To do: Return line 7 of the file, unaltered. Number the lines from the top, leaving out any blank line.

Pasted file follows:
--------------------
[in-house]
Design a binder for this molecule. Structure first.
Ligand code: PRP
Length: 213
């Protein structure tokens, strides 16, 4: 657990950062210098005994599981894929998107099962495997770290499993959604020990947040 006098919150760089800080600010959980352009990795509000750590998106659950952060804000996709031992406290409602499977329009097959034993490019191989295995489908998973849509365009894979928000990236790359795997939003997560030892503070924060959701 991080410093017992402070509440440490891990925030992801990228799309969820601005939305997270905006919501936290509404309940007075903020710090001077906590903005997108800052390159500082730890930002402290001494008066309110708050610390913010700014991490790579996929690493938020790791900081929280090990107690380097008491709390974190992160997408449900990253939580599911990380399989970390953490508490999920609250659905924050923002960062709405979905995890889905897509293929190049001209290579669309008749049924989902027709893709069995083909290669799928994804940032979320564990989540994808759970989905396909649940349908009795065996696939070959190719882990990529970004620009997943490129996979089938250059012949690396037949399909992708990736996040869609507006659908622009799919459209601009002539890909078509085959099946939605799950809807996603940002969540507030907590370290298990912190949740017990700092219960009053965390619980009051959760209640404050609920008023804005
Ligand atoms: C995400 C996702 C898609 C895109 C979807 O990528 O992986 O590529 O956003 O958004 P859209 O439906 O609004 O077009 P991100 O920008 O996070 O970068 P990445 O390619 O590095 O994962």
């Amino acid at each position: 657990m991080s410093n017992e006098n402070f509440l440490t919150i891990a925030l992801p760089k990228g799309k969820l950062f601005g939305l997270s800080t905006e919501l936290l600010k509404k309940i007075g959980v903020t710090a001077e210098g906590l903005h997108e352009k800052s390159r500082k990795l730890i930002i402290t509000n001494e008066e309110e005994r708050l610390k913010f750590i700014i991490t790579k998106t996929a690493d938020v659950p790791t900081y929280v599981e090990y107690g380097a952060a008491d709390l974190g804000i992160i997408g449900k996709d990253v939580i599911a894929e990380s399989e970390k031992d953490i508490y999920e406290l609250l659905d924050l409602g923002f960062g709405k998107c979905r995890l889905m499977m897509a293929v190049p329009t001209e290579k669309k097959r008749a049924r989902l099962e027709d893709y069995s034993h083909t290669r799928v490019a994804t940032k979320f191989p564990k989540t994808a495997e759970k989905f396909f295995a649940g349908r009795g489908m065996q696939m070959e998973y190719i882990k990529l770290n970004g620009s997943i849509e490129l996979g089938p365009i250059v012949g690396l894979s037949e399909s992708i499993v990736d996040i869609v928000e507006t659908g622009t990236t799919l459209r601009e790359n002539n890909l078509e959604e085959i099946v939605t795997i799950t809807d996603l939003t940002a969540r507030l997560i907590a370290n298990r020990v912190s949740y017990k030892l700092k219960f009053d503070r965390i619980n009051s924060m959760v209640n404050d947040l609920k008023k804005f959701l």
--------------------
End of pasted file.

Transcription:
């Amino acid at each position: 657990m991080s410093n017992e006098n402070f509440l440490t919150i891990a925030l992801p760089k990228g799309k969820l950062f601005g939305l997270s800080t905006e919501l936290l600010k509404k309940i007075g959980v903020t710090a001077e210098g906590l903005h997108e352009k800052s390159r500082k990795l730890i930002i402290t509000n001494e008066e309110e005994r708050l610390k913010f750590i700014i991490t790579k998106t996929a690493d938020v659950p790791t900081y929280v599981e090990y107690g380097a952060a008491d709390l974190g804000i992160i997408g449900k996709d990253v939580i599911a894929e990380s399989e970390k031992d953490i508490y999920e406290l609250l659905d924050l409602g923002f960062g709405k998107c979905r995890l889905m499977m897509a293929v190049p329009t001209e290579k669309k097959r008749a049924r989902l099962e027709d893709y069995s034993h083909t290669r799928v490019a994804t940032k979320f191989p564990k989540t994808a495997e759970k989905f396909f295995a649940g349908r009795g489908m065996q696939m070959e998973y190719i882990k990529l770290n970004g620009s997943i849509e490129l996979g089938p365009i250059v012949g690396l894979s037949e399909s992708i499993v990736d996040i869609v928000e507006t659908g622009t990236t799919l459209r601009e790359n002539n890909l078509e959604e085959i099946v939605t795997i799950t809807d996603l939003t940002a969540r507030l997560i907590a370290n298990r020990v912190s949740y017990k030892l700092k219960f009053d503070r965390i619980n009051s924060m959760v209640n404050d947040l609920k008023k804005f959701l």